• Cotolo’s Harness-Weekend Review, 4-11-11

    POSTED Apr 10, 2011
    The George Morton Levy Memorial Pacing Series went into round three on April 9 at Yonkers and except for one minor upset it was “Public-Choice Theater,” as I like to call those races where prohibitive favorites serve at the pleasure of the wagering majority.

    We even endorsed two choices. Blatantly Good won at a mere $2.60 and Real Nice joined the series’ winners’ roster with a win price of $4.60. They may have been two passes for you, considering the offerings; we passed. In the remaining four divisions, we finished fifth, recommended a pass, and then finished third and fourth, respectively.

    In round two we mentioned that Valentino was getting ready for a big race. He waited until round three, winning and paying a remarkable $31. If you keep up with our suggested contenders and buy into the big-value choices thwart Public Choice Theater, you might have had that one.

    But on the night before, in the Bluechip Matchmaker series, we delivered on the same night as the choice was made. Breakheart Pass won a division and paid $47.60, enough to tip the scales of weekend play into the profit column with black ink to spare. The series also produced Anndrovette, though only at a win price of $3.

    The Sagamore Hill and Petticoat finals were both won by the favorites and if you used those most likely winners with our possible upset horses, you hit an exacta and a trifecta. The Sagamore trifecta was completed by our choices, in order—Starspangledpanner and Kid Cruiser, for a $37.80 exotic. In the Petticoat, the choice with our choice, Keystone Katherine, paid higher for the exacta, offering $41.80.

    Never overlook some of our longer choices as additions to exotics with dead-on favorites; our history in that department is well documented as successful. Even box plays are profitable, obvious, considering some of the place prices on horses that we give you to win but fail by a nose or head or so.

    We only had two of four, again, in the Cal Expo no-takeout late Pick 4 on April 9. One of them, Long Last Look, had its win price shrunk by a dead heat; it only paid $2.80. We followed that first leg still alive as we hit with Well Heeled at $6.60.

    Player Thoughts

    Because we insist on playing for value, it sometimes feels as if everyone on the planet gets memos about horses in certain races and you aren’t on the recipient list. Not aware of the favorite having a greater-than-great chance to win, you find what you feel is a terrific overlay, play it, and watch your money burn before your eyes as the public choice wins “as if it had eyes,” as the saying goes.

    A strong respect for the public’s picks is always smart. You have to think twice before you try to bury a 2-5 choice with a 10-1 shot. You will always lose more times than you win. That respect should sometimes sway you from playing the race; not because you are bowing to the majority but because you can find better territories to invest your money.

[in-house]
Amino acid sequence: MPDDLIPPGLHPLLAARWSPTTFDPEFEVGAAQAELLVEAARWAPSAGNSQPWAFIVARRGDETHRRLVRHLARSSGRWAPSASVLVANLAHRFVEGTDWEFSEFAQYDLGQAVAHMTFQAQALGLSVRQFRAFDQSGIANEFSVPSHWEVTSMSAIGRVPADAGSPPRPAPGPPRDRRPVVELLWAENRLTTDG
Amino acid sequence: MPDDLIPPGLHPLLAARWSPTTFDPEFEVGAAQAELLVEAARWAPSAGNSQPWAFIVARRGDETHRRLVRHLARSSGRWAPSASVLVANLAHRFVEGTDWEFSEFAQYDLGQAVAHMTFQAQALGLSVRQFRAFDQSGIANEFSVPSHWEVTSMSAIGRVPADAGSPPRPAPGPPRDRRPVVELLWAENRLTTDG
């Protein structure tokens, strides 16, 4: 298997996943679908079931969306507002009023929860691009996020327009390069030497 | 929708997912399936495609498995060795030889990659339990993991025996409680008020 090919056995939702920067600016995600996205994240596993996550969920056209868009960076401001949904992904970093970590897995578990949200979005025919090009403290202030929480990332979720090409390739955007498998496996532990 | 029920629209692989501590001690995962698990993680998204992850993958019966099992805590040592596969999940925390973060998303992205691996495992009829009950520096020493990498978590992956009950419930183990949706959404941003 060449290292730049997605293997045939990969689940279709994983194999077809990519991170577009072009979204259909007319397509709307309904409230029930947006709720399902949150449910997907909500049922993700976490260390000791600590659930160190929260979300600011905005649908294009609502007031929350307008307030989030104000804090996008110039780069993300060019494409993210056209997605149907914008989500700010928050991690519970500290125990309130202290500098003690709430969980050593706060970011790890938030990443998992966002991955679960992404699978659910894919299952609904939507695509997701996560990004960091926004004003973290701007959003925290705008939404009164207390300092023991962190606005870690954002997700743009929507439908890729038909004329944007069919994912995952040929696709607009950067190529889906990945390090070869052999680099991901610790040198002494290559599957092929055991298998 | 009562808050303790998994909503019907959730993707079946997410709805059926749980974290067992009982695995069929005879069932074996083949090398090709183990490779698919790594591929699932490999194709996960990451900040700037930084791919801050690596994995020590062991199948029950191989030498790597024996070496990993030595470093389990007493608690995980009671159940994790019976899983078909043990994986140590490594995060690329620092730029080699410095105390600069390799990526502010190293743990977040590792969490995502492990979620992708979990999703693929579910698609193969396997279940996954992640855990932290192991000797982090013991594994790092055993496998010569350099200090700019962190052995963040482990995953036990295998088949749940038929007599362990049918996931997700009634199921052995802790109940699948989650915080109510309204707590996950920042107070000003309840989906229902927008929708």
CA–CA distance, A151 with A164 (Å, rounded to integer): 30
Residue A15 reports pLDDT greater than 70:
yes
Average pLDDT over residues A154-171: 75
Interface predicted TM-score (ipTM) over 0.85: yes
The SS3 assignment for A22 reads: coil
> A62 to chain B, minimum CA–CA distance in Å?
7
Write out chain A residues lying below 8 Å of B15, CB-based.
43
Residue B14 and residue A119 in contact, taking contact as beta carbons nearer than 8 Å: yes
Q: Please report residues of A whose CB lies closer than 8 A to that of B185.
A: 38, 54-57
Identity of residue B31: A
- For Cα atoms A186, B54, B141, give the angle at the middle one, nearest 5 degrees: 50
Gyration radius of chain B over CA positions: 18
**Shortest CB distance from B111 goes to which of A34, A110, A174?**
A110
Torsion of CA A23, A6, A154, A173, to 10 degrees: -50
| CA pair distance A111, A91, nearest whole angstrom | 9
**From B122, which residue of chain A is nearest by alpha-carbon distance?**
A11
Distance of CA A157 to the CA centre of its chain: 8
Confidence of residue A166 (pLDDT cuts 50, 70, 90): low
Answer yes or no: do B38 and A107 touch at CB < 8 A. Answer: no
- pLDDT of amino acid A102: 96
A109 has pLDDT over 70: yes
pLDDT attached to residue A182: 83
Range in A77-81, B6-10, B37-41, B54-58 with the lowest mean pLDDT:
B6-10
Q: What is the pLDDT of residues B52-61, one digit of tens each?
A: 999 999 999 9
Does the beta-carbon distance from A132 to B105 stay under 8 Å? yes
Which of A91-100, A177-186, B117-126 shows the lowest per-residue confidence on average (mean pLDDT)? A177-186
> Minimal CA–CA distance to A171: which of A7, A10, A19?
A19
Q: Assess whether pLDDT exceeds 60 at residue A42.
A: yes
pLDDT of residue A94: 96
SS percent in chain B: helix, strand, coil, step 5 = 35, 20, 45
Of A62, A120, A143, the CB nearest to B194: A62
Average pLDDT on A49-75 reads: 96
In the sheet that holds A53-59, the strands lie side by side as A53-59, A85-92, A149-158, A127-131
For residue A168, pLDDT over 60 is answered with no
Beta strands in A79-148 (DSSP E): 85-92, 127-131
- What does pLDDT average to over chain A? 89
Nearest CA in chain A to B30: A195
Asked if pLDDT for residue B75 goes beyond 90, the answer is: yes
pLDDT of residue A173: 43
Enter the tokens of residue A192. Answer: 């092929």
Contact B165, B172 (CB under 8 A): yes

Picking your spot based on value is a part of understanding true value. So, if you have respect for the public and the general math of pari-mutuel racing, you will see value in lower-priced horses and stop feeling like there really is a memo that goes around to everyone but you.

    That 2-1 shot you know has a big chance to win? Should it be 4-5, making it pure value even if at 2-1 it is the race’s choice and you join the public endorsing it? Be aware that many public handicappers, making people think that it means “longshot,” have corrupted the issue of “value.”

    We present many horses in this blog that are longshots and many win at huge prices. But we also admit that sometimes getting a horse home at 5-2 is generous for that situation. You have to be the judge; you have to make the decision based on a number of factors. But always, remember value wears many faces.

    Harness News

    Last week we told you Lisagain could beat Hypnotic Blue Chip in the Spring Pacing Championship Final at Woodbine but he got second. This past weekend the tables turned in a $45,000 Open pace as Lisagain, trained by Jeff Gillis, got up out of the 2-hole to win in 1:50. Both horses made two moves, proving that they are to be reckoned with in the older pacer division this season.

    We are following older trotters with star status, so here is the latest on two monsters. Arch Madness returned to the race in a $35,000 Open Handicap trot Chester and won in the slop. He was not the choice. Favorite status belonged to Lucky Jim, making his 2011 debut. At 2-5, he made a break in the stretch while attempting a come-from-behind rally.  

    “Arch,” a Trond Smedshammer student, has another trotter, Likeabatoutahell, doing great so far this season at Pocono Downs. With John Campbell up, “Like” won for the second time in three tries this season; his lifetime earnings are now over $722,000.

    (Cartoon by Thom Pye)
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